When it comes to blockbuster musicals, few shows can claim as faithful
a crowd as Rodgers and Hammerstein’s seminal favourite, The
Sound of Music. The inherent sing-a-long nature of its
classic score is brought lavishly to life in this new production,
returning to the habit after its run at London’s Palladium Theatre.
cannot be many members of the British population who could not, given a
rosary and a guitar, play the part of Sister Maria themselves. There
will not be many songs unfamiliar to audiences: numbers such as “Do Re
Me“, “My Favourite Things” and “Eidelweiss” have entered the liturgy of
popular musical theatre.
Sister Maria, a restless
incumbent to a nunnery at the foot of the Alps, is sent by her Mother
Superior to act as governess to the Von Trapp family. Teaching the
children to abandon the strict lifestyle imposed on them by their
regimental father, the family learn to welcome the sound of music into
their lives. But the story is not all bright copper kettles and warm
woollen mittens: the encroaching menace of Nazi occupation in Austria
is sinisterly explored as Captain Von Trapp is forced to choose between
his Naval career and his country.
comfortably returns to the role which made her an overnight West End
star. Excelling as Sister Maria, Fisher cheerfully bounces around the
stage, effortlessly demonstrating the vocal sweetness and charisma
which earned her the role. Her performance captures the familiarity of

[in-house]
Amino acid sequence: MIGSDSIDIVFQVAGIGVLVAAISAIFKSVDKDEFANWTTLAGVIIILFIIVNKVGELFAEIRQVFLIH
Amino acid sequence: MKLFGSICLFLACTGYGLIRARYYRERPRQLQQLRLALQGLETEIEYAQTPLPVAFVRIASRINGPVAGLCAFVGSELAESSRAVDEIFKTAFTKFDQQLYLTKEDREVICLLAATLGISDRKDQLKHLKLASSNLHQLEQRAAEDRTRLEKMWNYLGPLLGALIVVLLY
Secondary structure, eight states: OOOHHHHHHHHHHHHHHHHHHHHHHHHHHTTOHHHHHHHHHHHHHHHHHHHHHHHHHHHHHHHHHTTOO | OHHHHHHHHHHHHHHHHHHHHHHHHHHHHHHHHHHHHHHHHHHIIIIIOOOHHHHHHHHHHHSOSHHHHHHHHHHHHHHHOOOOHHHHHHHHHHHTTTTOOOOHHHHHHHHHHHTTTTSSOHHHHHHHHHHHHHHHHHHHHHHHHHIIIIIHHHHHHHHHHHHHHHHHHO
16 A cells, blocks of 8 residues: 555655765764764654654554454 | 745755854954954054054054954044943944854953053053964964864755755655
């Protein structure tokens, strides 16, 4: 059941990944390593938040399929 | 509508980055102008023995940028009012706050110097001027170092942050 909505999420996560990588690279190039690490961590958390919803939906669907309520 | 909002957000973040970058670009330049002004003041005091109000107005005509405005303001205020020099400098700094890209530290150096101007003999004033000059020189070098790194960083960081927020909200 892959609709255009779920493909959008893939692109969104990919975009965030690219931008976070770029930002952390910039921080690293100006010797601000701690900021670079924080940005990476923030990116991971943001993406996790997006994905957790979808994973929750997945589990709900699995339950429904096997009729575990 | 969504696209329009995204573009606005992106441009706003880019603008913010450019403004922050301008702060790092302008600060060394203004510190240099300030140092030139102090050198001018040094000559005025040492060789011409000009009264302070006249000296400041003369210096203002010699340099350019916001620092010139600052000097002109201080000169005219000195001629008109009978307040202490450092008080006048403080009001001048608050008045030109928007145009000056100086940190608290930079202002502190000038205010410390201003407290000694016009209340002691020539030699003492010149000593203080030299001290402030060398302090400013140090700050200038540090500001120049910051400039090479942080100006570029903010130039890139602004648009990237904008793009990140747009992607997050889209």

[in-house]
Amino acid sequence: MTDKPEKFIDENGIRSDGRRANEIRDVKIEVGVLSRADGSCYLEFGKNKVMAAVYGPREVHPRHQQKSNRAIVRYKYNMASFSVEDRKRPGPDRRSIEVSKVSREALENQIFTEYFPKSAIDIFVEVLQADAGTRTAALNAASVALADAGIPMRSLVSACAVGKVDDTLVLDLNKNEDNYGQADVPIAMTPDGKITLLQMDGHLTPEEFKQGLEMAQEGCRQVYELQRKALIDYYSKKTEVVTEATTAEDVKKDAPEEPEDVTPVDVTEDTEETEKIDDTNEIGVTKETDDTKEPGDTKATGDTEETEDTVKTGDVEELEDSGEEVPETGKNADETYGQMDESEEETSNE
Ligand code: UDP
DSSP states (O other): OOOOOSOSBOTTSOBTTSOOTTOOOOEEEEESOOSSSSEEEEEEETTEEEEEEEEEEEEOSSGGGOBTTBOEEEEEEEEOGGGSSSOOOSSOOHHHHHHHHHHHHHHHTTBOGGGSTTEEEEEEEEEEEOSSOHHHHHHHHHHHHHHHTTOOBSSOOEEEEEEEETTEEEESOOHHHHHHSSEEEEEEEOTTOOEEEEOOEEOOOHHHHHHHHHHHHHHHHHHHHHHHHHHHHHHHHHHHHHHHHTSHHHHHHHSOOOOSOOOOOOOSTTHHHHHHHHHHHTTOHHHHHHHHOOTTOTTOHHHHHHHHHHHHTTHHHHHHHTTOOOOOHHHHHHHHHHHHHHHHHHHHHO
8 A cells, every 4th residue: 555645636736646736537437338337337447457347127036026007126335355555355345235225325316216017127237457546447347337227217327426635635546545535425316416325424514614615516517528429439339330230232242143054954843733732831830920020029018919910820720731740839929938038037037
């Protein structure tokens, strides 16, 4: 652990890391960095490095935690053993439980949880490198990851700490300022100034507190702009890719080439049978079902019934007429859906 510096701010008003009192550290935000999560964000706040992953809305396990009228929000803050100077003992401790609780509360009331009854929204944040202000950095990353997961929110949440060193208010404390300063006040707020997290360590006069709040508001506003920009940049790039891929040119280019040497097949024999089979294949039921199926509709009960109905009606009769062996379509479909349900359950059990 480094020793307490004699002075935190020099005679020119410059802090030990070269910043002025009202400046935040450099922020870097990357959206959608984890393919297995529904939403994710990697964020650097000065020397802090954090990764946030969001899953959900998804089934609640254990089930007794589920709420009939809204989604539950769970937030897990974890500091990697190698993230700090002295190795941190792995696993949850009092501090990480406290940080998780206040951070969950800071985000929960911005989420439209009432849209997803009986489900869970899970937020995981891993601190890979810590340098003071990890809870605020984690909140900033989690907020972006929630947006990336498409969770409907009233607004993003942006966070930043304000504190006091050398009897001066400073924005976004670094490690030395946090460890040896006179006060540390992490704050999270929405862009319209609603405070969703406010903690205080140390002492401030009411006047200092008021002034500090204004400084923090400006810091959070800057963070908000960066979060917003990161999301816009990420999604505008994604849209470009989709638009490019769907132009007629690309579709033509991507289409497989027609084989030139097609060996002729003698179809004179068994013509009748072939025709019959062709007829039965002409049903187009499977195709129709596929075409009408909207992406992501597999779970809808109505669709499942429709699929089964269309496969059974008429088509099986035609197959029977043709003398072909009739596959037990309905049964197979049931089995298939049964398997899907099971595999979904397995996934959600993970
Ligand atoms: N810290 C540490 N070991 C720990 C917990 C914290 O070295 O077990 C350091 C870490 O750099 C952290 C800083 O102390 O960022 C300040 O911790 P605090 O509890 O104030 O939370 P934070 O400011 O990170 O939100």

Julie Andrews’ portrayal of Maria whilst finding a unique sense of
Fisher is backed up by a solid cast.
Margaret Preece’s performance as the Mother Superior is heavenly. The
strong, operatic voice of the West End leading lady during “Climb Every
Mountain” is at once both spectacular and chilling. The Von Trapp
children, too, prove sweet and energetic, reaching the top notes as
eagerly as their older co-stars and performing Arlene Philips’ lively
choreography with great enthusiasm.
Though the scale of
the production has undergone some serious reductions since it was last
seen in the West End, Robert Jones’ costume and set design remains
elegant and sophisticated. Norma Desmond would be proud to appear at
the top of Captain Von Trapp’s grand marble art deco staircase and many
a monster would happily live confined within the spectacularly gloomy
cloisters and gothic peaks of Jones’ convent.
The problem of Maria has never been more happily solved than it is in this beautiful new production.